Region might halt curbside glass pickup

The curbside collection of glass in Greater Victoria could be halted.

The Capital Regional District environmental services committee is re-examining its glass pickup policy following submissions from local breweries and recycling centres.

Staff will compile a report before a final decision is reached, said CRD director Ryan Windsor. The CRD board will meet for further discussion Dec. 9.

Much of the glass tossed into blue box recycling containers could be returned for refund, said Windsor, Central Saanich’s mayor. Glass is typically recycled for road base or insulation.

If the curbside collection of glass is discontinued, citizens would be expected to return bottles to depots and other businesses providing refunds. Non-refundable glass containers, such as jars, would also be the responsibility of residents.

Windsor, a member of the CRD’s environment committee, said he supports the move to halt curbside glass collection, in part because a reduced service would save taxpayers money.

Discontinuing curbside collection of glass containers would result in a net savings to the CRD of about $100,000 annually, CRD staff say in a report to the environment committee. The CRD pays Emterra Environmental about $5 million a year for collection service.

But CRD director Geoff Young said it is unreasonable to expect people to return non-refundable glass to recycling depots.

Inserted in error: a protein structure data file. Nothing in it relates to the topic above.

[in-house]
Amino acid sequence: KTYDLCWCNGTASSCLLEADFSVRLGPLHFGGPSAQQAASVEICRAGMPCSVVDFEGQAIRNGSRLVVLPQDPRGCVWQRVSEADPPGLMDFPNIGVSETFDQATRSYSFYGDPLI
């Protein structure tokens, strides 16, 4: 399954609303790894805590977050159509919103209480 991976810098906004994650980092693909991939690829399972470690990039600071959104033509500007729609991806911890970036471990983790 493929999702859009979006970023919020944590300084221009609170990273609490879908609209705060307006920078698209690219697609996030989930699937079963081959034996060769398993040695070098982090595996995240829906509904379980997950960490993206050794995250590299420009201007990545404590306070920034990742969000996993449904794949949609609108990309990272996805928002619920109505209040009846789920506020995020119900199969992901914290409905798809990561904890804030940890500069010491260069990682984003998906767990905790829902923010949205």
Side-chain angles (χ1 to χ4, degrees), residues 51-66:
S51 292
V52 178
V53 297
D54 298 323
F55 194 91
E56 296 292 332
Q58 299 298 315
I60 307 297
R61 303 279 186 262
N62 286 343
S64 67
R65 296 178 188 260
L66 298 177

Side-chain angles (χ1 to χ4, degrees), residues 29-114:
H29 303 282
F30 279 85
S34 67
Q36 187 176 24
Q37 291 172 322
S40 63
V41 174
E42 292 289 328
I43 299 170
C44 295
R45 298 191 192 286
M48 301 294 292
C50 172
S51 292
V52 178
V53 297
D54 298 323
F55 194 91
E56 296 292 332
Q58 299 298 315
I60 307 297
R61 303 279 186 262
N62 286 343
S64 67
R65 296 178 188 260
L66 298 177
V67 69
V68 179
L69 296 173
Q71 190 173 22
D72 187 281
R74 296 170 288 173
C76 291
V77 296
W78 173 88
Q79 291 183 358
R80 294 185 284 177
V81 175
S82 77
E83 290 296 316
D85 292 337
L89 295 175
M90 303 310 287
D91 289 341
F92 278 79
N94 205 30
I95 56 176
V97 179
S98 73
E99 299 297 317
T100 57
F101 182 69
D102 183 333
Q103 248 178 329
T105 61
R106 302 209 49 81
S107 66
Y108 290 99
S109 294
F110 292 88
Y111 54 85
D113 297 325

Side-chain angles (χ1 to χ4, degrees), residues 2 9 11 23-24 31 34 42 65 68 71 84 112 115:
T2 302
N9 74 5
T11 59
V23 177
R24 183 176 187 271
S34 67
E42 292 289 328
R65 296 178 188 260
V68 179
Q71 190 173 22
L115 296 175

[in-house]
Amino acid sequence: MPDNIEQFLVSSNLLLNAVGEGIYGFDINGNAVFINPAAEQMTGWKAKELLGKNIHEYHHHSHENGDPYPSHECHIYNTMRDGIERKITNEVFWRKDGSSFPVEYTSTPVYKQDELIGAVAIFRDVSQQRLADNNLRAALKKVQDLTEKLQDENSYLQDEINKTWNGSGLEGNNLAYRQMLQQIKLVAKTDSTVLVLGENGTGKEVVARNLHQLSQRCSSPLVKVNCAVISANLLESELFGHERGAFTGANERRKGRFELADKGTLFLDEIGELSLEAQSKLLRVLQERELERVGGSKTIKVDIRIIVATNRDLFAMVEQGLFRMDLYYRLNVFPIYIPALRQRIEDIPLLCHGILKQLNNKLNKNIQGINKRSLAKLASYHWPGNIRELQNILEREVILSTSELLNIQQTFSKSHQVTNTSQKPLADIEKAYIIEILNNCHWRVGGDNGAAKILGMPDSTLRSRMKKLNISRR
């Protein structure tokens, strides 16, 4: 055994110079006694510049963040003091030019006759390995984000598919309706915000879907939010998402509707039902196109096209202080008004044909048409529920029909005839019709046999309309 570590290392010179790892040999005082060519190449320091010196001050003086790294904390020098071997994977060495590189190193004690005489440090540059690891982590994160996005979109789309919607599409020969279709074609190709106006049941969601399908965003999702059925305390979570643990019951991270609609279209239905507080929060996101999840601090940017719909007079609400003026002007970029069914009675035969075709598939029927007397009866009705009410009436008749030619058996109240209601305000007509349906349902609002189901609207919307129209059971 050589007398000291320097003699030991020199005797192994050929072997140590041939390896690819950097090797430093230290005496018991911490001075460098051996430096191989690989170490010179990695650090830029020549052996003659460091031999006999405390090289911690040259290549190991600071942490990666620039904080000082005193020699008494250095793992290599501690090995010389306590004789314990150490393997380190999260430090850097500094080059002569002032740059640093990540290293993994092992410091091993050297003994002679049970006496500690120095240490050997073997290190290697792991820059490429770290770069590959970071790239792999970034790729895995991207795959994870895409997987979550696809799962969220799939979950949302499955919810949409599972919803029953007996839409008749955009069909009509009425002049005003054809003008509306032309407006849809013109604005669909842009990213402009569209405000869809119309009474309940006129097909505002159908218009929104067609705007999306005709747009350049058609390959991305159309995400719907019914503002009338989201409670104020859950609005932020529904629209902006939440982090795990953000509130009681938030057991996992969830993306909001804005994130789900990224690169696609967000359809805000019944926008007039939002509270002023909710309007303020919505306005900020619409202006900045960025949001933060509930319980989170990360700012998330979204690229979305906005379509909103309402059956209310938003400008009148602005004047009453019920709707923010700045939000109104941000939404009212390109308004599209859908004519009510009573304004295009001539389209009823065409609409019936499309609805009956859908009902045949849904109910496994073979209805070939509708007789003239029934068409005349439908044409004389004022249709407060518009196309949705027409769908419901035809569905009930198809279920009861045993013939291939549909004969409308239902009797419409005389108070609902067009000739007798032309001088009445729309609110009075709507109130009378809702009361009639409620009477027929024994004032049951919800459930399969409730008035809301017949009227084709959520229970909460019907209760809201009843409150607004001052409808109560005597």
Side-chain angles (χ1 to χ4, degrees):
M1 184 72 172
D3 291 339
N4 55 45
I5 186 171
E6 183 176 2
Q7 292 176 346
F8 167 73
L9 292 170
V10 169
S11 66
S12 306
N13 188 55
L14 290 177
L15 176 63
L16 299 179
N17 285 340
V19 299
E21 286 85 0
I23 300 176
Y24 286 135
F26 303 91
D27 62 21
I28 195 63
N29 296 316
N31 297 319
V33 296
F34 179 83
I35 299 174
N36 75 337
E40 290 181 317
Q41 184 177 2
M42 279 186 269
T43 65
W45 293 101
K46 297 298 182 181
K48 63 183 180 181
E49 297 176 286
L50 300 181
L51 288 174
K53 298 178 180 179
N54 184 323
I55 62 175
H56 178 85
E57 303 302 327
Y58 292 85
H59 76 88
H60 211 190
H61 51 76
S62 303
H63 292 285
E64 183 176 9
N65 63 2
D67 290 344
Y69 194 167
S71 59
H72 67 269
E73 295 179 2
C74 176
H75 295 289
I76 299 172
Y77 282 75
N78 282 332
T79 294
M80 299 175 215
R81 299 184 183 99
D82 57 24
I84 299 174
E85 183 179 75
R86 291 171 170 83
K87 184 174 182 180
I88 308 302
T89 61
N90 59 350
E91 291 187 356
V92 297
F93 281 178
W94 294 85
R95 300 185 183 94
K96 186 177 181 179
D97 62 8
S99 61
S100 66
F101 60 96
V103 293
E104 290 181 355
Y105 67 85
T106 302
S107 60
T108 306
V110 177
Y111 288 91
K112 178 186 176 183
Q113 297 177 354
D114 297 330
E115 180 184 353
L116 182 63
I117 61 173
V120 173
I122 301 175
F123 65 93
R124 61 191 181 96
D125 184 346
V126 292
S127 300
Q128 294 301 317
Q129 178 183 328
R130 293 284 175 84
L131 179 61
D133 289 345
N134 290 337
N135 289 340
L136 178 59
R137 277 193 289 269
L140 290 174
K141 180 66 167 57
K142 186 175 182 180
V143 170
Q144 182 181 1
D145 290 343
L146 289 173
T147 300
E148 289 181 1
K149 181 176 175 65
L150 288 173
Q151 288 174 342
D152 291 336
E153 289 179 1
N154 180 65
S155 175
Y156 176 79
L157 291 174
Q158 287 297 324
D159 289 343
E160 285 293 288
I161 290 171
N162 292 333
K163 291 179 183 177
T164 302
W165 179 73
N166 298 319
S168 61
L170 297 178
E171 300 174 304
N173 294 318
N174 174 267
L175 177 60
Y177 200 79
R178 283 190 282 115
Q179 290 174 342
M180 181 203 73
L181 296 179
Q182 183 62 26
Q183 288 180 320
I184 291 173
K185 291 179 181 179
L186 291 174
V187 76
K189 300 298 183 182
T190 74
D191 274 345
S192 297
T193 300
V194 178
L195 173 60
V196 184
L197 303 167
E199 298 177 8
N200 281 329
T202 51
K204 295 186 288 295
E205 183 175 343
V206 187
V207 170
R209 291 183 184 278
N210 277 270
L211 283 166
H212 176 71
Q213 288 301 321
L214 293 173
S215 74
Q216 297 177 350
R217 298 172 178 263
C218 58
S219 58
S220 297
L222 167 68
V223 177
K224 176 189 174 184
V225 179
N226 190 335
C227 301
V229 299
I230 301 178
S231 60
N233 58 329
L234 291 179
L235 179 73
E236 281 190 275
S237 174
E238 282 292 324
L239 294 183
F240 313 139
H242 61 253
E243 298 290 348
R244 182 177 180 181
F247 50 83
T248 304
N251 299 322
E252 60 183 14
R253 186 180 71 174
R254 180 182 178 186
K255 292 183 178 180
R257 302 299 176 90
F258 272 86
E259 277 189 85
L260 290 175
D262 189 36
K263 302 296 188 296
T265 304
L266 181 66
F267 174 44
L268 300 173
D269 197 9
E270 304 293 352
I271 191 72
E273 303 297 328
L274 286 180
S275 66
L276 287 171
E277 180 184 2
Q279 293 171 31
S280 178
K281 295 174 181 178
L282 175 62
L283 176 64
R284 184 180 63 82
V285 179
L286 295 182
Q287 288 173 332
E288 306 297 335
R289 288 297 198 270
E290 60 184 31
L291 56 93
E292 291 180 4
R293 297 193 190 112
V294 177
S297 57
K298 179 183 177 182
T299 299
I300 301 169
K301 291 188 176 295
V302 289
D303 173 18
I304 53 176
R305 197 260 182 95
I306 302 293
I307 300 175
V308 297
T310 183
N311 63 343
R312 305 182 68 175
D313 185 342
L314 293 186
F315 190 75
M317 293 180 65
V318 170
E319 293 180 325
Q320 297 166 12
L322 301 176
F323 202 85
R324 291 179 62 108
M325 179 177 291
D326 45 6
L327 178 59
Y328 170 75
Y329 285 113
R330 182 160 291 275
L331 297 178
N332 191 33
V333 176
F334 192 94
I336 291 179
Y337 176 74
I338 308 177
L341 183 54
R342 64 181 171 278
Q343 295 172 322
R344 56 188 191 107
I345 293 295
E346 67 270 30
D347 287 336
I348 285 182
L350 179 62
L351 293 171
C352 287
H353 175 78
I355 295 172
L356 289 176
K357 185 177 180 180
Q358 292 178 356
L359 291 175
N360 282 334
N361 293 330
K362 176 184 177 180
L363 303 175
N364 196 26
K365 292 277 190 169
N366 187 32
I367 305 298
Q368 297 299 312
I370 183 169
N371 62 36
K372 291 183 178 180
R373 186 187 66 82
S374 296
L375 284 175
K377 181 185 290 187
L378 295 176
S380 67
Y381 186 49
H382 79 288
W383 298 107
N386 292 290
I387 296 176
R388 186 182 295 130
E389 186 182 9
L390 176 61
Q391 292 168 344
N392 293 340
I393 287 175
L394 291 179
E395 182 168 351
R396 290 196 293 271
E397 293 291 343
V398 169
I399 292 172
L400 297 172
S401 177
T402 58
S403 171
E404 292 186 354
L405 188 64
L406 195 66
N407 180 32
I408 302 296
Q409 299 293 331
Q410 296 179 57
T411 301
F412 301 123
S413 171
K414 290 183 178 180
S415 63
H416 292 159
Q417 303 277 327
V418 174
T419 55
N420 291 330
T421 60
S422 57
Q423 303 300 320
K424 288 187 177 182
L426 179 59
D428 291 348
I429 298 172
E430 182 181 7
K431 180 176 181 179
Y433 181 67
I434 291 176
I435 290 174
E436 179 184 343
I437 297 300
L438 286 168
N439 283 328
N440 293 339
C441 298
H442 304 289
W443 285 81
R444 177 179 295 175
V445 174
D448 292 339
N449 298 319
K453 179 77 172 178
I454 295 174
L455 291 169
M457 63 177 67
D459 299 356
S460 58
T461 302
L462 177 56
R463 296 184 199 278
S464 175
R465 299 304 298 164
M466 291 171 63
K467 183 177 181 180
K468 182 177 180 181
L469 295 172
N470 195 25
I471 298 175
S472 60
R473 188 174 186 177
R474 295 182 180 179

“I don’t think people should be required to worry about trips to the depot when they buy a jar of pickles,” the Victoria councillor said.

Curbside collection across much of the province changed in May 2014, when industry group Multi-Material B.C. took over responsibility for managing residential recycling.

MMBC has sought to discontinue curbside glass collection in favour of having residents take containers to recycling depots, the staff report says. However, it has accepted curbside glass collection provided the glass is separated.

Prior to MMBC, the report says, the CRD took any refundable containers collected through the curbside program to local bottle depots to obtain the refund, with the revenues helping to support the collection program.

The processing is now done by Green by Nature, which has moved much of the work to the Lower Mainland, the report says. As a result, local bottle depots have lost the handling fees for managing the containers.

Darcy Hipwell, who owns three Bottle Depot centres in Greater Victoria, estimated that 10 per cent of all glass is going into blue boxes. Of that, two-thirds has deposit value.

Breweries can reuse returned bottles up to 13 times on average, Hipwell said. Returning bottles also generates money for local businesses and charities.

“It’s a very environmentally responsible practice. … Somebody should be getting that cash refund and keeping the money in the local economy.”

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